Ella: I still remember reading the manuscript for the first time and being totally sucked in by James’s voice. It felt like he was real, like he was in the room with me, or I was in school with him, observing his classmates alongside him. Ros’s ability to capture how we as humans act, to pinpoint all our little mannerisms, tones of voice, body language, just blew me away, and to see those behaviours through the eyes of a young boy – it made the ordinary feel extraordinary. I also loved James’s connection with Digger, his dog, which was so pure and relatable. And of course, the poetry was lovely – some poems made me laugh, some made my heart hurt, but all made me empathise.
What were the main things you worked on with her as editor?
Ruth: Ella and I co-edited Digger and Me, which was a joyful experience. Together, we worked on honing the structure of the story so that the emotional beats of James’s story (and Digger’s) really had the weight and impact that we wanted them to. As is often the case, Ros held all of this in the story already and we helped (I hope!) to give it shape on the page. We encouraged her to draw out some of the links and themes in the story so that they really stood out strongly – making more of James’s poetry as a route to handling his emotions, for example.
Ella: Ruth and I knew that James was at the heart of the book – everything he’s going through, how he’s feeling, the poems he writes. So we didn’t really touch him! Instead, we focused on everything around him, building up the detail of his world, from his friends at school to his life at home. We wanted to flesh out characters like Mum and Dad, to understand their relationship more – with both James and each other, and also James’s step-parents, who James begins the story disliking, but slowly grows to love. We really wanted to reader to go on that journey with James. Cathy, in particular, was a tricky one to crack – James is so different from her, how can he ever understand her and vice versa? We had lots of conversations about what they would bond over, how they’re each adjusting to having this new person in their life just because they both love James’s dad. In the end, their relationship isn’t perfect – but that felt right, it felt true to life.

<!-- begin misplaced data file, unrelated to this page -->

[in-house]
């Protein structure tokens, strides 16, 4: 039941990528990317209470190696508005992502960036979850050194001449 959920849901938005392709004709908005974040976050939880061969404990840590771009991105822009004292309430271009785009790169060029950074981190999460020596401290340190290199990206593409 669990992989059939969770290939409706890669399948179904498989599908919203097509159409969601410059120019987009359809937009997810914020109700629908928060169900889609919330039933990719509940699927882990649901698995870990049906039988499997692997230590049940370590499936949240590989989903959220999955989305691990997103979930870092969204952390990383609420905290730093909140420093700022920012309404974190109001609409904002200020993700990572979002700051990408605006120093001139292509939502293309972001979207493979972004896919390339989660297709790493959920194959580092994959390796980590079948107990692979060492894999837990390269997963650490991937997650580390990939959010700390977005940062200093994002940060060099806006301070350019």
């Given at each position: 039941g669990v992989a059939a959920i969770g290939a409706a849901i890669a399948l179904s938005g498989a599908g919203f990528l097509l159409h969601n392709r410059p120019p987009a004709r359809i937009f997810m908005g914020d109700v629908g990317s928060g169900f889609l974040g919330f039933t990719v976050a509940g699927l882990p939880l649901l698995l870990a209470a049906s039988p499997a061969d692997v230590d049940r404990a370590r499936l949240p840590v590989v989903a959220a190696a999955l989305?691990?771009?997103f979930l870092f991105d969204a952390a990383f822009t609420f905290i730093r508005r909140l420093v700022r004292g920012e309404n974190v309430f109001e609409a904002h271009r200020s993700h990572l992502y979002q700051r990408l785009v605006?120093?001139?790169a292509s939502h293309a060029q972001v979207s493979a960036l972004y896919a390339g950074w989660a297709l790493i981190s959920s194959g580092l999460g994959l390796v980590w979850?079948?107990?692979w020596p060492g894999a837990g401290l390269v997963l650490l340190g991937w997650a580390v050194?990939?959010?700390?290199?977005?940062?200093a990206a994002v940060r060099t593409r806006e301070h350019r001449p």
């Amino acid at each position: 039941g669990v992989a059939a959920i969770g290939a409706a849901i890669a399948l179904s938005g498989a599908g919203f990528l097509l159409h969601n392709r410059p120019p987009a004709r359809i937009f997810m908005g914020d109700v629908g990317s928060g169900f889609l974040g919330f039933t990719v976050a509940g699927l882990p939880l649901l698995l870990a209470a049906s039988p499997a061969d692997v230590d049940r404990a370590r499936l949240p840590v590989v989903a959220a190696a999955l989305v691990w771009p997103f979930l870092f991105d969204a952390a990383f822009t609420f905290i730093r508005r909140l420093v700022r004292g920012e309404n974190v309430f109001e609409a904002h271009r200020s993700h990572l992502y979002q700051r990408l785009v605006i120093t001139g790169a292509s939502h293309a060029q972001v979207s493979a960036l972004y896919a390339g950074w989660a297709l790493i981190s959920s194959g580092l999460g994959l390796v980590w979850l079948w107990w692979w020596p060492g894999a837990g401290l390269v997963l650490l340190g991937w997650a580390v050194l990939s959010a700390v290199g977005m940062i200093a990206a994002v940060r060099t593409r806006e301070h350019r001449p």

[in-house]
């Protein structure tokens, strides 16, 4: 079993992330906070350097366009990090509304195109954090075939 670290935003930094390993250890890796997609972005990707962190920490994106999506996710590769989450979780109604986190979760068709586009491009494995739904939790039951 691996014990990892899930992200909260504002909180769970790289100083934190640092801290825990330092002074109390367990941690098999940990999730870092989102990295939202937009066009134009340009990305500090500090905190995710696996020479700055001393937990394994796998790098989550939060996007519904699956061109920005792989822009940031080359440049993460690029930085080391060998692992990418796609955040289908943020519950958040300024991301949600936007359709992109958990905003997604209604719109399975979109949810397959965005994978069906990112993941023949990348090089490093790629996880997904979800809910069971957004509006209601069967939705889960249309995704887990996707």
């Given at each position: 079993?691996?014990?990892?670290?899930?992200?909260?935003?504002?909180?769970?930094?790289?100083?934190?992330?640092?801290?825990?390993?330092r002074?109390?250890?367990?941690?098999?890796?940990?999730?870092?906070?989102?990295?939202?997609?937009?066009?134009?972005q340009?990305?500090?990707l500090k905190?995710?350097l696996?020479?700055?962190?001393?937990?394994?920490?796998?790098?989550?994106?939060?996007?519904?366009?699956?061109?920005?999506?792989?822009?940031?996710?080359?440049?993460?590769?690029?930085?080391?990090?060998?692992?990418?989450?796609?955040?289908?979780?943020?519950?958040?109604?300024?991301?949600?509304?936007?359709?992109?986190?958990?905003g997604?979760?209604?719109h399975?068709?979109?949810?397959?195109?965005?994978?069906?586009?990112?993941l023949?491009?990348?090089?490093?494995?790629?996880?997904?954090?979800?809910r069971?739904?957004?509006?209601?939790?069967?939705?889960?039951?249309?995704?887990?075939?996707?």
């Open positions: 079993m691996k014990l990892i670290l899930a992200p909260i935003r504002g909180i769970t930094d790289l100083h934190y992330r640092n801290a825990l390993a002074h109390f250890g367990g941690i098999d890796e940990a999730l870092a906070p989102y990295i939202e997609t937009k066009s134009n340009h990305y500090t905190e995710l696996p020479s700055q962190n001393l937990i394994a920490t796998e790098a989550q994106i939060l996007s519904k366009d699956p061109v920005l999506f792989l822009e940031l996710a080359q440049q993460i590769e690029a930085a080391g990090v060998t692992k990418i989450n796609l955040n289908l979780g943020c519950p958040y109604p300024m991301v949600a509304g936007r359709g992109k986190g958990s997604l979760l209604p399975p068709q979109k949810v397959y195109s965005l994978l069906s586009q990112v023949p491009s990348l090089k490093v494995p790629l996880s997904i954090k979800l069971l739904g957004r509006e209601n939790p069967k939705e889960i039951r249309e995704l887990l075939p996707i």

What do you think marks out the most successful writers for young people?
Ruth: This is a very tricky question! We’re so fortunate to be working at a time when there are so many talented writers, all writing different kinds of stories in different ways. For me, the most exciting writers are those who write with real young people at the centre of the story and manage to capture the intense wonder, hope and anxiety that comes with being young. As most writers for young people are adults, writing with a child’s perspective is a real skill and it’s certainly not easy.
Ella: I think, firstly, authenticity of voice. A writer who can get on a reader’s level and tell them a story that feels like it could be theirs is a writer to treasure. And secondly, a writer who can tackle the big things, the challenging things, in life, in a non-patronising and entertaining way. Ros’s books deal with divorce and terminal illness and that excruciatingly awkward in between stage of being 11 years old and not knowing who you are or where you fit in, but her books never feel heavy or burdensome. Instead they feel celebratory – humour and heart goes a long way in balancing out the hard stuff. Readers need both elements in careful measure.
What do you find most satisfying about being an editor?
Ruth: I’m lucky to have a job that I found hugely enjoyable and challenging – there is a satisfaction in always encountering new problems and working as part of a team to solve them. Every author-editor relationship is unique and every book is also unique, so it’s never repetitive or dull! Working with talented creative people to bring their vivid imagined worlds to life and supporting them in honing their writing skill is an honour.
Ella: I love working collaboratively with authors – sharing a vision and sending notes back and forth, trying to unpick plot holes and fix pesky problems. A great point in any project is when an author has that eureka moment and everything falls into place: the vision becomes realised! It’s always such a joy reading a final draft through and seeing how much has changed from the first draft – but there are always those special moments and lines that make it through all the cuts and revisions and swaps. They’re the best bit.
What advice would you give anyone wanting to become an editor?
Ruth: Be curious. Explore as much as you can – read widely, think about how stories are formed and speak to as many people as you can that are part of the industry. Learn about how a book is made, too – as an editor, your role involves working with different departments to shepherd an author’s manuscript into finished book form and so the more you understand the bigger picture, the better!
Ella: Editing is about problem solving, but it’s also about passion. You practise the first, but the second is inherent. I think the only advice that allows you to achieve both is to read! Read widely. Read critically. Read for enjoyment. Read to know what’s working in the market right now. Read to understand the key components of story-telling. Read to discover what styles and genres you love – and then champion those books.
Digger and Me is published by Stripes Publishing, 978-1788953207, £6.99 pbk.
Thank you to Ros Roberts and to Ruth Bennett and Ella Whiddett for answering our questions.